When the Base Realignment and Closure (BRAC) commission announced plans to move 22,000 civilian employees to Fort Belvoir, I warned the plan called for moving too many people to the Engineer Proving Ground, that the Fairfax County Parkway needed to be completed before workers moved to Belvoir and that the present plan left too many workers with no choice but to drive on already-clogged roadways.

The Army has begun to see the wisdom in these predictions. Under an agreement settled Thursday between the Army and the state of Virginia, the Army has agreed to limit the number of employees deployed to EPG to 8,500, to oversee completion of the Parkway and to locate some employees at the GSA Warehouse adjacent to the Springfield-Franconia Metro/VRE station.

Since the Army announced its plans for Fort Belvoir, I have been concerned they were trying to put too many people onto the Engineering Proving Ground. Left unchecked, the original plans would have led to unacceptable traffic congestion. That’s why I have been working to make the GSA warehouse property available to the Army. This is good news; it shows the Army sees the wisdom in what we have been saying all along.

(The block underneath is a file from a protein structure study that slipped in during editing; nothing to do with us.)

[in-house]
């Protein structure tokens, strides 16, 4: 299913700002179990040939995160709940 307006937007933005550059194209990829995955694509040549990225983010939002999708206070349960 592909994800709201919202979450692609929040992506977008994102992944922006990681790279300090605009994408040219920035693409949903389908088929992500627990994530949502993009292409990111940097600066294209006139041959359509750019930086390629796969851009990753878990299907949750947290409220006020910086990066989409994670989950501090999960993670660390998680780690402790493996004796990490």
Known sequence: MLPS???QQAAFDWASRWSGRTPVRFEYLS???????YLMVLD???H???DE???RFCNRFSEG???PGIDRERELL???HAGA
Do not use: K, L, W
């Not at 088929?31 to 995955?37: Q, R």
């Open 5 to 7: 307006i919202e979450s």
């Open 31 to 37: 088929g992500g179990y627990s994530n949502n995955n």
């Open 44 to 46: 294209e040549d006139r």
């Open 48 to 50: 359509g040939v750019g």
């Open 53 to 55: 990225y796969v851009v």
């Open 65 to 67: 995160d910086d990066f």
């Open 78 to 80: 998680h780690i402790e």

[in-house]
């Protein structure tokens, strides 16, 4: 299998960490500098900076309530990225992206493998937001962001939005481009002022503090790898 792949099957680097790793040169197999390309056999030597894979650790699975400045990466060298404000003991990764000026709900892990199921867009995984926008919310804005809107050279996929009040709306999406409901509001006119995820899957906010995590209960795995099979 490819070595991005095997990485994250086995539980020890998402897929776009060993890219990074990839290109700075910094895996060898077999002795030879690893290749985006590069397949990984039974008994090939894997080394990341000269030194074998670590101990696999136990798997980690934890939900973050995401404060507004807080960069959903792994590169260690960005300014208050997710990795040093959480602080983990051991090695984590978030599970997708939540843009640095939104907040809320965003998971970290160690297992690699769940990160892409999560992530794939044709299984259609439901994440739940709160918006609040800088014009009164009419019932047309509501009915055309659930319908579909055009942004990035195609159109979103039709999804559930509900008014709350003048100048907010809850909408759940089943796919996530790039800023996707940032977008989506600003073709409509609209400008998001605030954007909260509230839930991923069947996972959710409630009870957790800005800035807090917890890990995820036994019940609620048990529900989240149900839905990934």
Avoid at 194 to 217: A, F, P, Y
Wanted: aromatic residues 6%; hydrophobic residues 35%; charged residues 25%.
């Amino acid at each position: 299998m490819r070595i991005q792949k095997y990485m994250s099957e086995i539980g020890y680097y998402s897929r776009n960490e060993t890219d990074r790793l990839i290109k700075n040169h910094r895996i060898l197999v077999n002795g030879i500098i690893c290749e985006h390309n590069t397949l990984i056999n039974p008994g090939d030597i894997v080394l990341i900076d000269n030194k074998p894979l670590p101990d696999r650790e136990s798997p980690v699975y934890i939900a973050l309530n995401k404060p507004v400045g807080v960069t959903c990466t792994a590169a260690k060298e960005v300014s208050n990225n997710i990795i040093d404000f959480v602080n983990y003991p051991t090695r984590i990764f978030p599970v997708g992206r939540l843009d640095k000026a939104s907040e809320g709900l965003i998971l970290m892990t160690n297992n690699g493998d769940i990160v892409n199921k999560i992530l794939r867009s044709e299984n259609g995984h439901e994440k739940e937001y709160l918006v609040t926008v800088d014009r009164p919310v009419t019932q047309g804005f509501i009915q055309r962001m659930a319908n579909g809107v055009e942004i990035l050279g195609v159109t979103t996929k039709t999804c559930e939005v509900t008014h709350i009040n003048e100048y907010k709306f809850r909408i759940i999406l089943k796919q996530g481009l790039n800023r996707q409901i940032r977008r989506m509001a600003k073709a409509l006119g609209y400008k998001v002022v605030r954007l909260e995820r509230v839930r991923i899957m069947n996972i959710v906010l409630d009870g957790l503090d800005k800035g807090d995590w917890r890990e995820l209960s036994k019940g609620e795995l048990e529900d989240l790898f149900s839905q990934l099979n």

Furthermore, 8,500 is somewhat of a magic number for the number of employees to be deployed to EPG. It represents the number of workers moving with the National Geospacial Agency. The NGA is the cream of the crop in terms of high-tech agencies whose jobs this area can ill-afford to lose. Moreover, it’s a 24-hour operation, which means all 8,500 people won’t show up at the same time. In fact, reports suggest NGA has the flexibility to begin and end work shifts at hours that don’t fall within traditional rush hours.